More than 800 doctors sign letter urging Alberta government to postpone health-care revamp
'Now is not the time to restructure the system'
Hundreds of doctors say the Alberta government must put its planned changes to the health-care system on hold as the COVID-19 emergency continues.
More than 800 physicians put their names on an open letter to Premier Jason Kenney and Health Minister Tyler Shandro urging that the UCP government suspend the changes, which are set to take effect on April 1.
The Alberta government ended its long-standing master agreement with physicians in February.
It expires on March 31 and will be replaced with new rules that many doctors say will be "detrimental" to patients.
"Now is not the time to restructure the system that we understand and intrinsically know how to operate," says the letter.
"COVID-19 is spreading like a wildfire in this province. We are a strong and trusted team who require necessary resources to help us put out this fire."
Family physician Dr. Laura Lassila says doctors want to stick with the system they know during a time of crisis.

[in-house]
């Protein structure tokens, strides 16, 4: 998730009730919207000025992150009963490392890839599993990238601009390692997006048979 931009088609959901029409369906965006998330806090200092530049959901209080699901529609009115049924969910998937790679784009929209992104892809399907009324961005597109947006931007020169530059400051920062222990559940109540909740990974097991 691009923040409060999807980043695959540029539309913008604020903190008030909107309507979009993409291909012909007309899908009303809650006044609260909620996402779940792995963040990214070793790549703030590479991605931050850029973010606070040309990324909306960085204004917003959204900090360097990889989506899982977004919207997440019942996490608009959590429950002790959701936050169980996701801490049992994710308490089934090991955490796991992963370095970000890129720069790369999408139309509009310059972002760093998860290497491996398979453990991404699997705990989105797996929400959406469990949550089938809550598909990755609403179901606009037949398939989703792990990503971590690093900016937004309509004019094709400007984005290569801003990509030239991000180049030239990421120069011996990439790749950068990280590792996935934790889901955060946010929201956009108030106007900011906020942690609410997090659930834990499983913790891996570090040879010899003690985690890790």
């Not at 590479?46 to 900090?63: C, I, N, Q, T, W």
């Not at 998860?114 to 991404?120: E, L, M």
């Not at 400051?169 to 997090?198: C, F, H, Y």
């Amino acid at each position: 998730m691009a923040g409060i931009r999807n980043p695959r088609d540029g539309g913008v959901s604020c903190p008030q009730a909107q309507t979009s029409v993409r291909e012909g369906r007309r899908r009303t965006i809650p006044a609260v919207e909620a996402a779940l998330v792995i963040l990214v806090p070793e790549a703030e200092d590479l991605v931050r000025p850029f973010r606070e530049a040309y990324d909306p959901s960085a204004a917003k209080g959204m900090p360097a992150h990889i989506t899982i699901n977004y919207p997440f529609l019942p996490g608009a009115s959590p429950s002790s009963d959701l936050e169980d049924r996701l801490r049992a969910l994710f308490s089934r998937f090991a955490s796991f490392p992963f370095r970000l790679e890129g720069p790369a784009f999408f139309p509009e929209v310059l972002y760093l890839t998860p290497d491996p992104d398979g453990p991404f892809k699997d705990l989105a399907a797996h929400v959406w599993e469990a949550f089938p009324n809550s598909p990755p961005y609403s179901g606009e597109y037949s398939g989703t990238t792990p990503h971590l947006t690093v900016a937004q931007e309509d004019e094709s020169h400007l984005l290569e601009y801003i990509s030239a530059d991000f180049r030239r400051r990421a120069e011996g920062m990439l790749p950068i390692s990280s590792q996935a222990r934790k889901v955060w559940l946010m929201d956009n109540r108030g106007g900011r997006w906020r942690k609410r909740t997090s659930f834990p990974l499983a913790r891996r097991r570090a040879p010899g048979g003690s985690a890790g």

"We are advocating for stability to give us some breathing room so we can focus on the task at hand, which has to be the pandemic right now," said Lassila.
Earlier this month, the government backed off making controversial changes to the way doctors bill the province for longer patient appointments.
Those changes would have altered the "complex modifier" fee structure, resulting in doctors being paid less for longer-than-normal patient consultations.
The government said earlier this month that it will set up a physician compensation advisory committee to examine all aspects of physician services funding.
"Our government will provide whatever resources are needed to protect Albertans in the pandemic. We expect spending on physician services and health care overall to increase significantly this year. I continue to work with the AMA, the negotiating body formally representing physicians," Shandro said in an emailed statement, adding that he recently spoke with the president of the AMA and welcomes any "concrete, specific proposal."
A spokesperson for the health minister said that on March 23, the government announced doctors would be paid at the same rate for virtual visits as for in-person appointments, and that all valid claims would be paid at the new rate back to March 17.
The spokesperson said doctors are being asked to hold those claims and submit them once the new system is active — it takes a few days to update, and the government is aiming for an activation date of April 1.
With files from Andrew Brown, Sarah Rieger